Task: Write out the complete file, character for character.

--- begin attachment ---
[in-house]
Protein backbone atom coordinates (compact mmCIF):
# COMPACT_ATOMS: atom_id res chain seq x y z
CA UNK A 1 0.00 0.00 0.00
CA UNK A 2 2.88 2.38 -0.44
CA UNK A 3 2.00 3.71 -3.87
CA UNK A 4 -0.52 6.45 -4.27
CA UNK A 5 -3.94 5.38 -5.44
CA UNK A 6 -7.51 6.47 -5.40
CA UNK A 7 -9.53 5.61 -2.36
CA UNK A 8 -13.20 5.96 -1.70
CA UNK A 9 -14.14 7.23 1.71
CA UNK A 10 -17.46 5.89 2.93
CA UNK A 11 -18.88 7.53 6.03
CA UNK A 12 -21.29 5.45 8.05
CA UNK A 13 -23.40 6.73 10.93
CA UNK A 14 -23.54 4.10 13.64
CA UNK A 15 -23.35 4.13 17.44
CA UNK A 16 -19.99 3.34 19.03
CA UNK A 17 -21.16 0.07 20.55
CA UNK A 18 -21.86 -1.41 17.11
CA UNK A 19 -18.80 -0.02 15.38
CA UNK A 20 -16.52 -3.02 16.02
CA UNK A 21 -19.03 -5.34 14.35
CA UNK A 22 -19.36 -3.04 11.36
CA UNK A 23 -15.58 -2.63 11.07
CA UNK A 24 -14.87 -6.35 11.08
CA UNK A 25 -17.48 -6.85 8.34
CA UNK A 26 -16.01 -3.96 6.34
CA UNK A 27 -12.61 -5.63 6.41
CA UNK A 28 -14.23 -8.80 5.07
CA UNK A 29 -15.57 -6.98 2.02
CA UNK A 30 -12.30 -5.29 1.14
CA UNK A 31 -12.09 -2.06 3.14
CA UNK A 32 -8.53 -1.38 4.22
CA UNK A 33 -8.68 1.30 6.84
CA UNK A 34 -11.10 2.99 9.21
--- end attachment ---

[in-house]
Protein backbone atom coordinates (compact mmCIF):
# COMPACT_ATOMS: atom_id res chain seq x y z
CA UNK A 1 0.00 0.00 0.00
CA UNK A 2 2.88 2.38 -0.44
CA UNK A 3 2.00 3.71 -3.87
CA UNK A 4 -0.52 6.45 -4.27
CA UNK A 5 -3.94 5.38 -5.44
CA UNK A 6 -7.51 6.47 -5.40
CA UNK A 7 -9.53 5.61 -2.36
CA UNK A 8 -13.20 5.96 -1.70
CA UNK A 9 -14.14 7.23 1.71
CA UNK A 10 -17.46 5.89 2.93
CA UNK A 11 -18.88 7.53 6.03
CA UNK A 12 -21.29 5.45 8.05
CA UNK A 13 -23.40 6.73 10.93
CA UNK A 14 -23.54 4.10 13.64
CA UNK A 15 -23.35 4.13 17.44
CA UNK A 16 -19.99 3.34 19.03
CA UNK A 17 -21.16 0.07 20.55
CA UNK A 18 -21.86 -1.41 17.11
CA UNK A 19 -18.80 -0.02 15.38
CA UNK A 20 -16.52 -3.02 16.02
CA UNK A 21 -19.03 -5.34 14.35
CA UNK A 22 -19.36 -3.04 11.36
CA UNK A 23 -15.58 -2.63 11.07
CA UNK A 24 -14.87 -6.35 11.08
CA UNK A 25 -17.48 -6.85 8.34
CA UNK A 26 -16.01 -3.96 6.34
CA UNK A 27 -12.61 -5.63 6.41
CA UNK A 28 -14.23 -8.80 5.07
CA UNK A 29 -15.57 -6.98 2.02
CA UNK A 30 -12.30 -5.29 1.14
CA UNK A 31 -12.09 -2.06 3.14
CA UNK A 32 -8.53 -1.38 4.22
CA UNK A 33 -8.68 1.30 6.84
CA UNK A 34 -11.10 2.99 9.21